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Undersea Rivers and Implications for Aquaculture

written by: Aggeliki K.•edited by: Lamar Stonecypher•updated: 6/30/2011

The article describes what an underwater or undersea river is, and the possible implications of these rivers for the marine ecosystems.

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    Undersea or Underwater Rivers

    Undersea or underwater rivers consist of water that is denser compared to their surrounding water, and they form due to the difference in salinity and sediment content. The water in these rivers contains a mixture of sand, mud, and water that is denser than the surrounding water and therefore sinks to the bottom. Their behavior is similar to the rivers of the land. This means that they flood, create river banks, cause erosion, and they even have rapids and waterfalls.

    Undersea rivers are difficult to study due to their power and unpredictability. Only recently have the researchers been able to study such a river by using a robotic submarine and sonar scans in the Black Sea.

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    Rivers Across the World

    Black Sea:

    The first "undersea" river to be discovered is currently flowing from the Mediterranean into the Black Sea through the Bosphorus Strait. The discovery was announced on 1 August 2010 by researchers of the University of Leeds and the river is yet to be named. The undersea river of the Black Sea is the first and only river that has been discovered to be actually flowing. Its direction is towards the water with the lower salt content. The river flows very fast, reaching a speed of 4 miles/hour. The flow is 22,000 cubic meters per second, and this fact would make it the sixth largest river in the world. It is 37 miles long, 35 m deep, and 0.6 miles wide.

    This is the only active undersea river to have been found so far, although there are other large channels such as the one at the coast of Brazil where the Amazon enters the Atlantic Ocean. A flow in this case has not been observed yet.

    Illustration of the Black Sea. The Bosphorus Strait is at the Lower Left 


    A rather different example of underwater river is the one that flows through the cave of Cenote Angelita in Mexico's Yucatan Peninsula at about 100 feet beneath the surface of the water. This relatively small river consists of a thin layer of hydrogen sulfate that separates the fresh water at the top from the salt water below. Click here to see some images of this amazing underwater river.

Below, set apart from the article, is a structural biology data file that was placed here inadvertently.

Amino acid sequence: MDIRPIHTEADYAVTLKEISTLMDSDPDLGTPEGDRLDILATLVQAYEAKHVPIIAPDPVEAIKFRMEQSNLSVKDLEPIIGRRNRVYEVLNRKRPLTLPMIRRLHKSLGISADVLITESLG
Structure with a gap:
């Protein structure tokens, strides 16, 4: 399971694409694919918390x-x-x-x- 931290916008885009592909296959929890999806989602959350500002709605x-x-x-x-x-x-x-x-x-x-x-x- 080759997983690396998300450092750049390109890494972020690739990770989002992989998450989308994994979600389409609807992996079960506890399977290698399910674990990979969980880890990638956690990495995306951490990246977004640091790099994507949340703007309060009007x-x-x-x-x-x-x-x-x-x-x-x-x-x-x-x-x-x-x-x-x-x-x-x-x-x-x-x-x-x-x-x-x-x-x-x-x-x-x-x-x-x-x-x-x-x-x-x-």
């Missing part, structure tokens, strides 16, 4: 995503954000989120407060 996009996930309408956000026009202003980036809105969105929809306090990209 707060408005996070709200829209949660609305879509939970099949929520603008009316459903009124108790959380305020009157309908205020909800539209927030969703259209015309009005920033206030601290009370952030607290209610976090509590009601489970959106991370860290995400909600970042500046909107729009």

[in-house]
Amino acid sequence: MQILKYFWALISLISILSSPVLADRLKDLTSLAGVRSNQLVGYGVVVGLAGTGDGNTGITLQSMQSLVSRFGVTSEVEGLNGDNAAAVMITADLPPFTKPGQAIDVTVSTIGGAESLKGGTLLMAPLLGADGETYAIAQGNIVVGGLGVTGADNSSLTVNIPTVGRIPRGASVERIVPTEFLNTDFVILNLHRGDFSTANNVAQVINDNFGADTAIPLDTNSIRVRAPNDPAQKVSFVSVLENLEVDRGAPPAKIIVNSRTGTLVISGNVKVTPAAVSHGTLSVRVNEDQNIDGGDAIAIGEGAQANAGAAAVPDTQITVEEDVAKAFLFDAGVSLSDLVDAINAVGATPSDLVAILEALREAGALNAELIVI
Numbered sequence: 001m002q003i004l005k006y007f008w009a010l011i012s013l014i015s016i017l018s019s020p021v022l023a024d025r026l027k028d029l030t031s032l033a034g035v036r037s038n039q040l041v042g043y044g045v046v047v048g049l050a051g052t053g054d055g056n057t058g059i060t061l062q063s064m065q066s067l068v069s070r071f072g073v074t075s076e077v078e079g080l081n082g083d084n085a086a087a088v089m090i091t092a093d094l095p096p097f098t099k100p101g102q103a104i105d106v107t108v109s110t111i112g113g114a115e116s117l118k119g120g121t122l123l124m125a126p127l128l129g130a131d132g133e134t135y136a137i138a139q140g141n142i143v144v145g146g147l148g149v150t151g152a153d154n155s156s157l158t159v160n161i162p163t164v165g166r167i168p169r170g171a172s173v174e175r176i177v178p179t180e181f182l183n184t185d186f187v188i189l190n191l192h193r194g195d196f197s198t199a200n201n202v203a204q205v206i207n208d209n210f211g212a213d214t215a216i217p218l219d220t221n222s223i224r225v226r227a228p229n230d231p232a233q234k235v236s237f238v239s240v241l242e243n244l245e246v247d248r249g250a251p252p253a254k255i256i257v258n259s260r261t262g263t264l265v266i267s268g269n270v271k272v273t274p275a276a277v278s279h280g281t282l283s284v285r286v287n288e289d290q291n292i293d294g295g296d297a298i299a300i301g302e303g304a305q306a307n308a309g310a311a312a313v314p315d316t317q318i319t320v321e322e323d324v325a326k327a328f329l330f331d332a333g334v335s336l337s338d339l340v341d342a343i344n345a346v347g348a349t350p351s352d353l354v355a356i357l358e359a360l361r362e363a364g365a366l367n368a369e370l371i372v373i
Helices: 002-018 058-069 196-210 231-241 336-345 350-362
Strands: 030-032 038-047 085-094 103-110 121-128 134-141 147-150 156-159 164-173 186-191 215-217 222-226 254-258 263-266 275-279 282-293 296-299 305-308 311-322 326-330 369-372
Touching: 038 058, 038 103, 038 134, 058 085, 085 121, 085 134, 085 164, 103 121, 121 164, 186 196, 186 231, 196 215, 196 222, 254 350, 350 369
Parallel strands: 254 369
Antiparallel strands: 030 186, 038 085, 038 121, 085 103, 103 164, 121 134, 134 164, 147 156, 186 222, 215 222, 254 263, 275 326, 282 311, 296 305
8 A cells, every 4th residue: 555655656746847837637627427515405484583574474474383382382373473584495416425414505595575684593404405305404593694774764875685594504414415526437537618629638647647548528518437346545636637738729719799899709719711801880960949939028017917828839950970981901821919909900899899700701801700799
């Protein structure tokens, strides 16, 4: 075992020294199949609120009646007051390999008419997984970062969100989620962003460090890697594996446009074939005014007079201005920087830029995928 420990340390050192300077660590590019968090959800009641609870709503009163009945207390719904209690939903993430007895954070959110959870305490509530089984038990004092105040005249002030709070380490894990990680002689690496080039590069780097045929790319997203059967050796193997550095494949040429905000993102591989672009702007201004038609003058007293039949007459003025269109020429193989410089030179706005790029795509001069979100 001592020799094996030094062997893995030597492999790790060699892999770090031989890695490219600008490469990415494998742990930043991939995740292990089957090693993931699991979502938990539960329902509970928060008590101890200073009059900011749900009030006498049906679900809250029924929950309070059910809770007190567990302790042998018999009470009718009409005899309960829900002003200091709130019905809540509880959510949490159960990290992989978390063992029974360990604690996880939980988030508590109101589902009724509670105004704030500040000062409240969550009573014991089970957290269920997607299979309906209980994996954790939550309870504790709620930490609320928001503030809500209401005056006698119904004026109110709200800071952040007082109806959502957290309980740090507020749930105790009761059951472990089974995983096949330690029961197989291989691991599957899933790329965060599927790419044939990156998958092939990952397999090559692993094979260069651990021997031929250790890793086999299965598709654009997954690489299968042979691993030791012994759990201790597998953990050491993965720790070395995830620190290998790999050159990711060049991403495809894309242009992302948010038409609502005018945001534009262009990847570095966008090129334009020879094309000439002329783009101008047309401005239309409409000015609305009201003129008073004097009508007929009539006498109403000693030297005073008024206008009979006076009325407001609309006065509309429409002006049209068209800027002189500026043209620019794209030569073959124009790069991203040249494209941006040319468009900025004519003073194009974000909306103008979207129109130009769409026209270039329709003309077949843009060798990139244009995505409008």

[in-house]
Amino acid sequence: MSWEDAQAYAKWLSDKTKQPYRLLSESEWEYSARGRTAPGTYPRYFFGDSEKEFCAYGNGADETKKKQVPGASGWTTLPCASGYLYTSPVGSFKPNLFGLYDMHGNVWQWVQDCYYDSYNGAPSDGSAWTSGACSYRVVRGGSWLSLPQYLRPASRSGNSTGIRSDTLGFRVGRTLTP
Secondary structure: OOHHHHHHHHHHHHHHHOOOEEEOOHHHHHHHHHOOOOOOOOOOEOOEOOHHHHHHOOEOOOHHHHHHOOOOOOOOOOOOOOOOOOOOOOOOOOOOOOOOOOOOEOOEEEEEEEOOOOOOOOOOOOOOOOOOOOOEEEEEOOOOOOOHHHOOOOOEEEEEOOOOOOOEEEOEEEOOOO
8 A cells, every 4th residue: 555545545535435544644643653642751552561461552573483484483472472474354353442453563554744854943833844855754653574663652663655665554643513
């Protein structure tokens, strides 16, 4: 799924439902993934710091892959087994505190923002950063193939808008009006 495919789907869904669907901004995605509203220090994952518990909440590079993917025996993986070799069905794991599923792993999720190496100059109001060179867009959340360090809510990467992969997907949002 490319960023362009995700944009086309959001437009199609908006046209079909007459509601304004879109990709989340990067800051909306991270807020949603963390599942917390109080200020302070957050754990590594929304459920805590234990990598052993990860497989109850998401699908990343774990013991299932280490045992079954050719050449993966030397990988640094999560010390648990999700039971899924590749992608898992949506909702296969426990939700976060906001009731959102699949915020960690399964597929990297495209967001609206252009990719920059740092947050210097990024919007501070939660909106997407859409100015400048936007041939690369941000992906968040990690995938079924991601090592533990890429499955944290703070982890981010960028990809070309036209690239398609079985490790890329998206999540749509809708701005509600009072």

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    Exploitation of Undersea Rivers and Implications

    We are only now discovering the significance of underwater rivers and their implications for aquaculture. Research shows that their contribution to marine ecosystem may be extremely vital in a number of fields:
    • Undersea rivers flow deep down the sea bed and end up into the abyssal plains of the oceans. These vast areas have a shortage of nutrients and cannot support the meager life of these deserts. These rivers could actually be responsible for sustaining life in these depths by delivering sediments, ingredients, nutrients, and minerals from the rich shallow waters.
    • Oil companies are thinking of taking advantage the existence of these underwater rivers. The collection of scientific data regarding the composition, flow, and other characteristics of these rivers could reveal more about the sea floor and the possibility to drill in these areas. However, many claim that this is a dangerous scenario since a possible oil spill could be carried to deep waters and unknown ecosystems.
    • Another suggestion is the use of this river flow to produce electricity in the same manner as it is done with rivers on land. Actually there are turbine designs (e.g. the coriolis turbine) that could take advantage of the ocean's currents' kinetic energy to produce electric energy. A more advanced design could be used in the case of undersea rivers (if more of them are to be discovered).
    • Apart from all the above, the study of river sediments could reveal a lot about past climate changes, geological formation, prehistoric marine life, the possible effects on aquaculture, etc.
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    Image Credits:

    • Illustration of the Black Sea. The Bosphorus Strait is at the Lower Left (